Damascus

Title

Damascus

Description

Damascus is the principal city of Assyria, and as they say it seems to be the most ancient metropolis of nearly all the cities of Asia. The sacred texts recount that the servants of Abraham established it. It is situated on a plain, having fields which are barren and dry by the nature of the soil, except to the extent that water from above irrigates them, drawn down by pipes and channels. Its moisture renders the land completely fertile and quite excellent in its plantings. A single small river in the region flows past the nearby city walls- a small tongue of land is divided from them, and it is covered with the most valuable plantings of all in the world. This distinguished city of Damascus is a six day’s journey from Jerusalem; in it Saint Paul received baptism, Near it is the place where the light from Heaven shone around Paul when he heard a voice from Heaven: ‘Saul, why do you persecute me?’ After baptism, he would preach about Christ in synagogues. Because of a plot of the Jews [against him], he was let out of Damascus in a basket through the wall; here too the house of Ananias, from whom he received baptism, can be visited today. This city had endured many disasters, when finally Conrad king of the Romans received it as a gift for leading an expedition to Asia Minor. And so the three Christian kings, who intended to bring to Damascus a cardinal and a legate, and at the same time a patriarch for Jerusalem, had also seen to it that there were many bishops on the expedition. When our Christian leaders had by wise counsel fortified their camp at Damascus, [they reasoned that] even if their city, which had been built with the highest and thickest walls, could not be taken by force, it would shortly come under their control because the Damascenes, prevented from drawing water from the river, could not sustain the horses of the cavalry who were stationed inside as a garrison with the water sources which were in the city, which would suffice only with great difficulty for its huge population. The citizens knew that they had cause to fear, lest by the severing of the passageways of the water channels- which they understood would be in no way too difficult to do- the water sources in the city would dry up. The treachery of a Syrian man, however, snatched victory over such a great city away from the Christians: he had been under the command of king Baldwin and was loyal to him until that day, but the Damscenes bribed him. This man advised the kings that if they moved their camp to another part of the city, their forces could attack a weaker section of the walls. The Damascenes, sallying forth, gained control over the river, adding fortifications solidly to their control, and prevented the Christian troops from drawing water. What had been equal became a disadvantage because of this, and in a short time there was distress in the camp over provisions, which could only be brought in from the bank of the river. When the siege had been lifted and that great army returned to Jaffa, its work unaccomplished, kings Conrad and Louis led their weakened armies back to Europe and returned to their own countries. This was the thousand one hundred and fifty-second year of Salvation.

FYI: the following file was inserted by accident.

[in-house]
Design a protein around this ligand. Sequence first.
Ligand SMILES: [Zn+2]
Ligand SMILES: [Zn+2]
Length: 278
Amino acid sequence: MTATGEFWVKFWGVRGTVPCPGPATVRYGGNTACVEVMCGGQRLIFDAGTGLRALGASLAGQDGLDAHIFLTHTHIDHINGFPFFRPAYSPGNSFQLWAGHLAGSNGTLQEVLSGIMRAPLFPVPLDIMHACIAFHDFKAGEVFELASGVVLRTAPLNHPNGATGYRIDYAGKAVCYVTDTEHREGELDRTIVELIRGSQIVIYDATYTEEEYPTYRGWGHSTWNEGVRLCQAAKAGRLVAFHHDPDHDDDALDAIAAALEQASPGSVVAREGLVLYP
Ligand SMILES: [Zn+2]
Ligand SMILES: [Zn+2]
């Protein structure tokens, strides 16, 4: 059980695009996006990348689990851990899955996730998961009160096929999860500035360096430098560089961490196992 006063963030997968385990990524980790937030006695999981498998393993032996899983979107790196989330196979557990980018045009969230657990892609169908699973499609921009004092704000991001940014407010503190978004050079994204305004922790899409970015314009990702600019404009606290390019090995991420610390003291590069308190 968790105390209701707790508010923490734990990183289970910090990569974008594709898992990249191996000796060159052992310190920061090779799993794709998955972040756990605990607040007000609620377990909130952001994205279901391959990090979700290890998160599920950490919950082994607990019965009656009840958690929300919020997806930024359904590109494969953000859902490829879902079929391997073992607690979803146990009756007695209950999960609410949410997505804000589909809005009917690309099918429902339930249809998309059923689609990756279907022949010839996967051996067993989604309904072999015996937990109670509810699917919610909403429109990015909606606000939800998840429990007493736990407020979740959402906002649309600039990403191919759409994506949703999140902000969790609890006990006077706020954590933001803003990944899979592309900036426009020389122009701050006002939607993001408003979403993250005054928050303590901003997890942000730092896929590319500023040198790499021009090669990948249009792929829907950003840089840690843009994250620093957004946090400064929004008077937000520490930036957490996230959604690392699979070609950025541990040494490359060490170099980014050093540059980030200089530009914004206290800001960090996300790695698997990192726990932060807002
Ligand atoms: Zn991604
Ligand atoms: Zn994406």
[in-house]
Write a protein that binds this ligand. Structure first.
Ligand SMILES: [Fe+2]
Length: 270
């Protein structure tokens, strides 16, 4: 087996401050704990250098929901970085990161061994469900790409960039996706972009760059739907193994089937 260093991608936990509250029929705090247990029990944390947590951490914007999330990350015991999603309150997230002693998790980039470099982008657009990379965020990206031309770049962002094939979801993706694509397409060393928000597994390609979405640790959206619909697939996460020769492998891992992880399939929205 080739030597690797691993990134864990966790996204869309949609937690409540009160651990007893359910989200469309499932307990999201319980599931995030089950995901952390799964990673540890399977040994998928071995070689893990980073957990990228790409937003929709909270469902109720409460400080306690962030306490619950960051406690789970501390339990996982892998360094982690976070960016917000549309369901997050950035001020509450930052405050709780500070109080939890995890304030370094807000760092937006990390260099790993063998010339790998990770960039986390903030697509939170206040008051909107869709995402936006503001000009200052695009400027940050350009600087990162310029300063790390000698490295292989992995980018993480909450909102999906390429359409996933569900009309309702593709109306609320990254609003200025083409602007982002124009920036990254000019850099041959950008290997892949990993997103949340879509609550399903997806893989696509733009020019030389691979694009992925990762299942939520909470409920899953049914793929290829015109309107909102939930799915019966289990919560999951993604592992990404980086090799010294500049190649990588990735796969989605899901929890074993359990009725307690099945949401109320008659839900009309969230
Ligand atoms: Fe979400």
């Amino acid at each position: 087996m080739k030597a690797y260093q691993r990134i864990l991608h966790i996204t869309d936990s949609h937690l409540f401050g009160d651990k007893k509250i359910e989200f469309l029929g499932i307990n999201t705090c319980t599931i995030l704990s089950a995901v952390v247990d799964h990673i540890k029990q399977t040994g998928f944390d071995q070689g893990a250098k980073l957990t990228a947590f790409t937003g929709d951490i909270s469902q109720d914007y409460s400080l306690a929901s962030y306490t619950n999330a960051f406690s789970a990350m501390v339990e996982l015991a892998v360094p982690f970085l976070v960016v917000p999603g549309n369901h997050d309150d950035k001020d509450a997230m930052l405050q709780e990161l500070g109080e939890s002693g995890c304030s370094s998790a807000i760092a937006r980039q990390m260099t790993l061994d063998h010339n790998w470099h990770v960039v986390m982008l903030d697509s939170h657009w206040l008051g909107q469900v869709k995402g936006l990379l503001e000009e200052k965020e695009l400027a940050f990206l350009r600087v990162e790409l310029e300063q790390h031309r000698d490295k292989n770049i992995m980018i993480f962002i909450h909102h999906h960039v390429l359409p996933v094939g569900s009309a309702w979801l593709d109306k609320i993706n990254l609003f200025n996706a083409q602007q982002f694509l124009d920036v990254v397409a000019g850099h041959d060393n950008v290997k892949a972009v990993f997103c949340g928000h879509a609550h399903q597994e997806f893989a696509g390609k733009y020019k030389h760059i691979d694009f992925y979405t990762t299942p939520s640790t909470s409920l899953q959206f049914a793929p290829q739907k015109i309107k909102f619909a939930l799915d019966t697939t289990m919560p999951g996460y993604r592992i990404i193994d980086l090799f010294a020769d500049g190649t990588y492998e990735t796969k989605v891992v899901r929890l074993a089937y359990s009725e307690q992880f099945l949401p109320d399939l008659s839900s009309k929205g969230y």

Creator

Elliot Lee

Source

Image:
Hartmann Schedel (1493). Liber cronicarum cum figuris et ymaginibus ab inicio mundi.
USC Libraries, Special Collections Call No: D17.S34 1493b, f. 23.

Text:
Hartmann Schedel (2010). Liber chronicarum: translation.
USC Libraries, Special Collections Call No: D17.S3413 2010 v.1-v.4.

Files

Damascus.png

Citation

Elliot Lee, “Damascus,” Nuremberg Chronicle, accessed September 23, 2017, http://uscnuremberg.omeka.net/items/show/49.

Geolocation